By Ralph Armbruster-Sandoval

ISBN-10: 0203997972

ISBN-13: 9780203997970

ISBN-10: 0415949572

ISBN-13: 9780415949576

This booklet describes how staff, unions and NGOs from 4 principal American countries--Guatemala, El Salvador, Honduras and Nicaragua--fought again and struggled for social justice along US-based unions and NGOs.

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Additional resources for Globalization and Cross-Border Labor Solidarity in the Americas: The Anti-Sweatshop Movement and the Struggle for Social Justice

Example text

Consumer market. C. 41 Widespread violence limited the emergence of the maquiladora industry in the early 1980s. 42 Over the next few years, as political conditions shifted, the industry exploded. In 1992, there were 250 maquila factories. S. S. 4 percent of the region’s production. 48 The vast majority of these factories are located in Guatemala City, San Pedro Sacatepéquez, Mixco, and Chimaltenango. 50 Maquila workers typically work more than fifty hours a week. Wages vary widely, ranging from fifty to ninety cents an hour.

The code also states that if a union represents more than 25 percent of all workers within a particular factory or workplace, then the employer, after it has been properly notified, must begin contract negotiations. These “low-threshold” provisions indirectly facilitated the establishment of nearly twenty labor unions in the maquiladora industry in the 1980s and 1990s. These organizations were very small. 56 The situation facing maquila workers today is extremely bleak. 57 Previously established unions were eliminated through fear, firing, and intimidation.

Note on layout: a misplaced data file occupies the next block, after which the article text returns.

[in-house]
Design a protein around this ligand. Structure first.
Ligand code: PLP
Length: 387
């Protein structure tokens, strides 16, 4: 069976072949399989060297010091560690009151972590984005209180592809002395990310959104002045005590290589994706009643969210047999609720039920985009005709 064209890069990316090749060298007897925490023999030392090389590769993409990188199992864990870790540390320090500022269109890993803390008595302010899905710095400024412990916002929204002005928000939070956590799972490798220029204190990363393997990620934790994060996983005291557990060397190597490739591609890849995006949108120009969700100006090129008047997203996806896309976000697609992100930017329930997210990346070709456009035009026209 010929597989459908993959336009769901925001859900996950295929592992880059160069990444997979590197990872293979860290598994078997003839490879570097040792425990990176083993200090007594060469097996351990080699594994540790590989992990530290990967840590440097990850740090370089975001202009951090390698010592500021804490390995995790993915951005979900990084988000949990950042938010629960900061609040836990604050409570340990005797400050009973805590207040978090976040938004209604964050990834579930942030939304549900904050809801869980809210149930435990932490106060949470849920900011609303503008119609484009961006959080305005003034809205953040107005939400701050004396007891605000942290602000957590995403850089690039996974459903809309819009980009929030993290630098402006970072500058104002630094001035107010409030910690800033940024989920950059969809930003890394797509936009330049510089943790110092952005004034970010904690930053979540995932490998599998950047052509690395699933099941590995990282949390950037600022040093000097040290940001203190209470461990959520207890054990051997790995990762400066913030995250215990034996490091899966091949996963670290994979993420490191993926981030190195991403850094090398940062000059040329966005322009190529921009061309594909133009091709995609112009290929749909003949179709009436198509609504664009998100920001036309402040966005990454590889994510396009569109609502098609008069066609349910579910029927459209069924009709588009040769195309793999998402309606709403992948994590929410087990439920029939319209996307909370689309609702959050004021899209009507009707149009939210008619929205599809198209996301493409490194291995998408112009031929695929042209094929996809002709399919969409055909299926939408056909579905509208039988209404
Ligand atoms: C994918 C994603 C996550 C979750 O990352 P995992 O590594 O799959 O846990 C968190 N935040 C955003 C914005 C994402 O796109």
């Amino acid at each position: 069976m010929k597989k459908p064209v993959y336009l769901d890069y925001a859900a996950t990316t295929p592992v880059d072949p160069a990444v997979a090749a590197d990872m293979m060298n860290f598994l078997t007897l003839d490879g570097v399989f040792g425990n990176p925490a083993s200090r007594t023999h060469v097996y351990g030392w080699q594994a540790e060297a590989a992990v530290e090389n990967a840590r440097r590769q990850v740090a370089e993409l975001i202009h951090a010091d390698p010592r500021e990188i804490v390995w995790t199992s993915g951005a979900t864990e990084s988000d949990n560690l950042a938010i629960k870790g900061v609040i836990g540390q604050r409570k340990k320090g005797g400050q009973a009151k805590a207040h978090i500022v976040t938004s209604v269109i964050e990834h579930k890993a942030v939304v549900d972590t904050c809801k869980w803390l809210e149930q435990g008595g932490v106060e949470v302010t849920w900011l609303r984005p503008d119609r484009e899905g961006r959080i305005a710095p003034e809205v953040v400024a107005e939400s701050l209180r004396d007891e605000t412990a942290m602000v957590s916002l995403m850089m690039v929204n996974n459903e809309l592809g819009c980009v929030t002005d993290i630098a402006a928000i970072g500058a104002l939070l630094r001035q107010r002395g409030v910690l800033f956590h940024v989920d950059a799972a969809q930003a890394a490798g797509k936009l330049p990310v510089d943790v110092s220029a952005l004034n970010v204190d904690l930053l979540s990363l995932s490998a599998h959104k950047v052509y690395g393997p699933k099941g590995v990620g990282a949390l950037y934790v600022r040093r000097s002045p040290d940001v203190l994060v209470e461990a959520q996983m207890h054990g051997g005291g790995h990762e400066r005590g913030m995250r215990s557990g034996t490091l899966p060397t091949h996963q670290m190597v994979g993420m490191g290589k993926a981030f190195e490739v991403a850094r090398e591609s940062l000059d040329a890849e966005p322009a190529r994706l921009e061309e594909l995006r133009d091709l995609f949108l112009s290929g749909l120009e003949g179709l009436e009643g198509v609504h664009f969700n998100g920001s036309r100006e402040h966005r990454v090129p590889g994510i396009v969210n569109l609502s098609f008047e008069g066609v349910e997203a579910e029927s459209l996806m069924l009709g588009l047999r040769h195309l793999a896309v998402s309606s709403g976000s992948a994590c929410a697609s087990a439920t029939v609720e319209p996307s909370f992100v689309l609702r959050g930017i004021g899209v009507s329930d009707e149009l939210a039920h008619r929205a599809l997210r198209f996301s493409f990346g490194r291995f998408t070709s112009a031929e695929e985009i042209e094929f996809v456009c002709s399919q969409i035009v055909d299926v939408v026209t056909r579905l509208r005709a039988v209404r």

In the Kukdong case, the company’s workers and transnational advocacy network confronted four targets—Kukdong, the CROC, colleges and universities, and the two suppliers (Nike and Reebok). The TAN had leverage over the latter two, but not over the former two. How was this situation addressed? Keck and Sikkink implicitly suggest that since domestic non-state actors encounter resistance within the context of their own nation-state, the TAN is the “primary” agent of social change. ” Based on this framework, domestic non-state actors have very little agency.

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Globalization and Cross-Border Labor Solidarity in the Americas: The Anti-Sweatshop Movement and the Struggle for Social Justice by Ralph Armbruster-Sandoval

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